GE and China Power to build $4bn hydropower plant on Zimbabwe, Zambia border

By Daniel Brightmore
Zimbabwe and Zambia have chosen General Electric Co. and Power Construction Corp. of China to build a $4bn hydropower project along their border, Zimbab...

Zimbabwe and Zambia have chosen General Electric Co. and Power Construction Corp. of China to build a $4bn hydropower project along their border, Zimbabwean President Emmerson Mnangagwa said.

Bloomberg reports that the 2,400-megawatt Batoka Gorge plant has been planned for years by the two southern African nations, both of which are struggling with electricity shortages after a drought curbed hydropower output. General Electric and Power China are in a consortium that was shortlisted in February to build the facility.

“Zambia and Zimbabwe have agreed on this project. We have all agreed that we give it to China Power and GE together,” Mnangagwa said in an interview in Maputo, Mozambique’s capital, where he attended the US-Africa Business Summit. “It’s critical that we move fast on that front because it’s necessary that as we industrialise that we need electricity.”

While the project will address electricity shortages, it’s on the same river (the Zambezi) that has left the downstream Kariba hydropower dam at less than 30% storage capacity and producing less than half its intended electricity. The Zambezi’s water flows in 2019 are near the lowest in half a century, and even worse than during the last severe drought in 2014-15.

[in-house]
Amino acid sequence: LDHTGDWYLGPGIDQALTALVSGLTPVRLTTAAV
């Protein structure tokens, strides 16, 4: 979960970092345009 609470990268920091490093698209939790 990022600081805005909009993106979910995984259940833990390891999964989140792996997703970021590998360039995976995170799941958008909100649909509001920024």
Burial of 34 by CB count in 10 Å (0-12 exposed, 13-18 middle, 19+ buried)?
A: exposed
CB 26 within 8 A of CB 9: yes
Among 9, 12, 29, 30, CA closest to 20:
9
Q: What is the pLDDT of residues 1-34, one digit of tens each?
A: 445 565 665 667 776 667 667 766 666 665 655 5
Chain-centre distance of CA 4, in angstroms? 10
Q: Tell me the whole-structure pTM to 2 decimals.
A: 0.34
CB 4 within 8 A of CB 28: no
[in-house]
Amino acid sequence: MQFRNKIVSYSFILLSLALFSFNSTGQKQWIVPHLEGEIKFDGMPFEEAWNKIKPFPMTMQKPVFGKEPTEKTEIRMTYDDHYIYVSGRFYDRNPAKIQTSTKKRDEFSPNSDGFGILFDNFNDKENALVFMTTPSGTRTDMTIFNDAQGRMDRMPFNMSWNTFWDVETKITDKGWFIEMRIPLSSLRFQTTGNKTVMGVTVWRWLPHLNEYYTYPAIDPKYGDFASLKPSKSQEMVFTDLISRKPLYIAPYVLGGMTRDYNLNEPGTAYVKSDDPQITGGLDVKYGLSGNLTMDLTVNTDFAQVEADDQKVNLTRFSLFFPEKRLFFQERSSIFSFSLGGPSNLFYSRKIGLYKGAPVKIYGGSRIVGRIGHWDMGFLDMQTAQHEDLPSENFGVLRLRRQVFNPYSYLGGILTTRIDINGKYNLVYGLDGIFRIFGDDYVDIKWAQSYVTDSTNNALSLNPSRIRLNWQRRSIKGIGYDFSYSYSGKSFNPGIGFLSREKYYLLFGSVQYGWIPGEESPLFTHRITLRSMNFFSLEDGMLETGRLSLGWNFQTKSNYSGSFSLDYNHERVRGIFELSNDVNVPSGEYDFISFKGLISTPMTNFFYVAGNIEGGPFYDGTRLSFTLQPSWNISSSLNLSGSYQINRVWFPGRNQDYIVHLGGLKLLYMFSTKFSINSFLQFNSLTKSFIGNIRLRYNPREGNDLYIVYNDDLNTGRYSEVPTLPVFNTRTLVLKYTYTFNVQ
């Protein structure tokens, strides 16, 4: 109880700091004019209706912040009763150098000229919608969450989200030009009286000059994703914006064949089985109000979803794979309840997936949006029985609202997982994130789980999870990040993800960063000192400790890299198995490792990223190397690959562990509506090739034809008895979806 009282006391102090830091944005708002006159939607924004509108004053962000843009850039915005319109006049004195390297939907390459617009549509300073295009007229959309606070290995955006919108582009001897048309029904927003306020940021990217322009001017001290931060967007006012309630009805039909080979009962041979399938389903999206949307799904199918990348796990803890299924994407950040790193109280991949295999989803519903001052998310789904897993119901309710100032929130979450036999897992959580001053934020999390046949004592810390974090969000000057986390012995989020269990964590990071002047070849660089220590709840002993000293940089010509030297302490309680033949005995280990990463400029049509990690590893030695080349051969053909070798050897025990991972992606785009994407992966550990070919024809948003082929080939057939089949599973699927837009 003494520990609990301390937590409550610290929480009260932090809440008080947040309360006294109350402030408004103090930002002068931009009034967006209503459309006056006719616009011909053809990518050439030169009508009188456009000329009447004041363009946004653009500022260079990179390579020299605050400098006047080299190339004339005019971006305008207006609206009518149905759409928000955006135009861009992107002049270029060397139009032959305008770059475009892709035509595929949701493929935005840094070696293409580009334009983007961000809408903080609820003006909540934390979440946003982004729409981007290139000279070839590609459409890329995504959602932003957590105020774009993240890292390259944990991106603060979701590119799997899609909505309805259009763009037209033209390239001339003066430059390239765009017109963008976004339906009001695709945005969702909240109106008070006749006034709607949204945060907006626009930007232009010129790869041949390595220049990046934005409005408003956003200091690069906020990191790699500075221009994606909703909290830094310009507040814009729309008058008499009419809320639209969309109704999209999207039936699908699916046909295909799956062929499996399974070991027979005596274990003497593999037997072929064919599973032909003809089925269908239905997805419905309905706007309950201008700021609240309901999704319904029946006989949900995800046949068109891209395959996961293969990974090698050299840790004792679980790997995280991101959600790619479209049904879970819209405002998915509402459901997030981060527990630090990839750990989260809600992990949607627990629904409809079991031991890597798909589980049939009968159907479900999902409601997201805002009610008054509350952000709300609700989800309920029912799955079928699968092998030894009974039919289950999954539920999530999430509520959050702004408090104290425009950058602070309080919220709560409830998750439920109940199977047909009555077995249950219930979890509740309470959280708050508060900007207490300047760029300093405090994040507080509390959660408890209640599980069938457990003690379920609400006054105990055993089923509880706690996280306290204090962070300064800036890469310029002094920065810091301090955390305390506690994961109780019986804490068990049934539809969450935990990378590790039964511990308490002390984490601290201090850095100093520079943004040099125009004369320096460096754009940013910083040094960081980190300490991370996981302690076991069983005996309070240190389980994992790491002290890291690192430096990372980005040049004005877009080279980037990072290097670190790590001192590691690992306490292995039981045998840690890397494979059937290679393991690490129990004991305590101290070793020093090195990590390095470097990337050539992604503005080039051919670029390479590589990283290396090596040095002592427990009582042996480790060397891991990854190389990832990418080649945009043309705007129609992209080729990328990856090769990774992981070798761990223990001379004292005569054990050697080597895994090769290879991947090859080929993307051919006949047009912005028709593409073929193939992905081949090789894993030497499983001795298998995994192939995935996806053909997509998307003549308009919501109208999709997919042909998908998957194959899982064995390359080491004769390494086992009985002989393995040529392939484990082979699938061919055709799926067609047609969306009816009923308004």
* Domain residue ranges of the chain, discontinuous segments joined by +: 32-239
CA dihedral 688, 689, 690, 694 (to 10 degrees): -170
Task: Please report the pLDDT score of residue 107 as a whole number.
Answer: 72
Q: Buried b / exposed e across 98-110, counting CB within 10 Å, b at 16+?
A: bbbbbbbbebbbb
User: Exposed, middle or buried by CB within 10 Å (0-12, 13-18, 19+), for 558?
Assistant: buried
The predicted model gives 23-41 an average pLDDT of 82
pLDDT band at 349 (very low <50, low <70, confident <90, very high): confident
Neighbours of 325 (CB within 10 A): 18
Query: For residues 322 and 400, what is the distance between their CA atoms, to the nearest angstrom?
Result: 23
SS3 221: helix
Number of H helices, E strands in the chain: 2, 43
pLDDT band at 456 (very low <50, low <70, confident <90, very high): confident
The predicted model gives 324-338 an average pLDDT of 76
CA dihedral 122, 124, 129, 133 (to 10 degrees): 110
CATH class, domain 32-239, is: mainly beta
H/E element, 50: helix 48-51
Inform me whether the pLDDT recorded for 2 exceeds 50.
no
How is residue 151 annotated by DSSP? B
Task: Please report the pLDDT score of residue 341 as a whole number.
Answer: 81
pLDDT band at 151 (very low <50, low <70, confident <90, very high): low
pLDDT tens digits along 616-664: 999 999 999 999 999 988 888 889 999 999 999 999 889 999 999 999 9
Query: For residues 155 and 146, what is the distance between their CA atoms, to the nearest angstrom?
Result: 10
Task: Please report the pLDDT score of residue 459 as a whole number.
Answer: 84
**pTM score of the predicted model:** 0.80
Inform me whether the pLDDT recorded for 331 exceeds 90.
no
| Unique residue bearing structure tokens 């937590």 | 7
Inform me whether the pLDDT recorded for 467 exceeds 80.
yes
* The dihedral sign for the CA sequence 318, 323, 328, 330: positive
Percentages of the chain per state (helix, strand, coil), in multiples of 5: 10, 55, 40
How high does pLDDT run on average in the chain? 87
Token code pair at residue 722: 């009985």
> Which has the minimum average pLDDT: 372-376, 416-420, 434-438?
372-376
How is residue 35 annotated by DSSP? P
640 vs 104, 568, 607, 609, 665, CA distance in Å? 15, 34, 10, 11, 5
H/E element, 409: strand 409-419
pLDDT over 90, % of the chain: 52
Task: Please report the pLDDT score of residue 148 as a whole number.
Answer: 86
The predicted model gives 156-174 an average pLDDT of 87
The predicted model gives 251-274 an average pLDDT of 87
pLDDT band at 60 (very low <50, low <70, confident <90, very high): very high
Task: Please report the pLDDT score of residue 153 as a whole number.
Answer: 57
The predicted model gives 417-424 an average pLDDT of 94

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Batoka Gorge will have a significantly smaller storage capacity than Kariba (the world’s biggest man-made freshwater reservoir); droughts could pose greater risks to the planned project.

A formal contract is yet to be signed. GE said that the Zambezi River Authority, which manages power plants on the river, has pledged to appoint a final developer for the project by September. As part of the consortium, GE would have a “material role in the development and execution of the project,” including the design and supply of hydropower technologies, it said.

The project will be based on a build-operate-transfer financing model and won’t put any fiscal strain on the two nations’ governments.

The $4bn cost of the project includes amounts for civil works, construction and power turbines, among other things, said GE. The contract would be split among the companies in the consortium. The African Development Bank said in September it has begun mobilising funds for the plant.

Other bidders that had been shortlisted included Salini Impregilo SpA of Italy and a joint venture comprising China Three Gorges Corp., China International Water & Electric Corp. and China Gezhouba Group Co.

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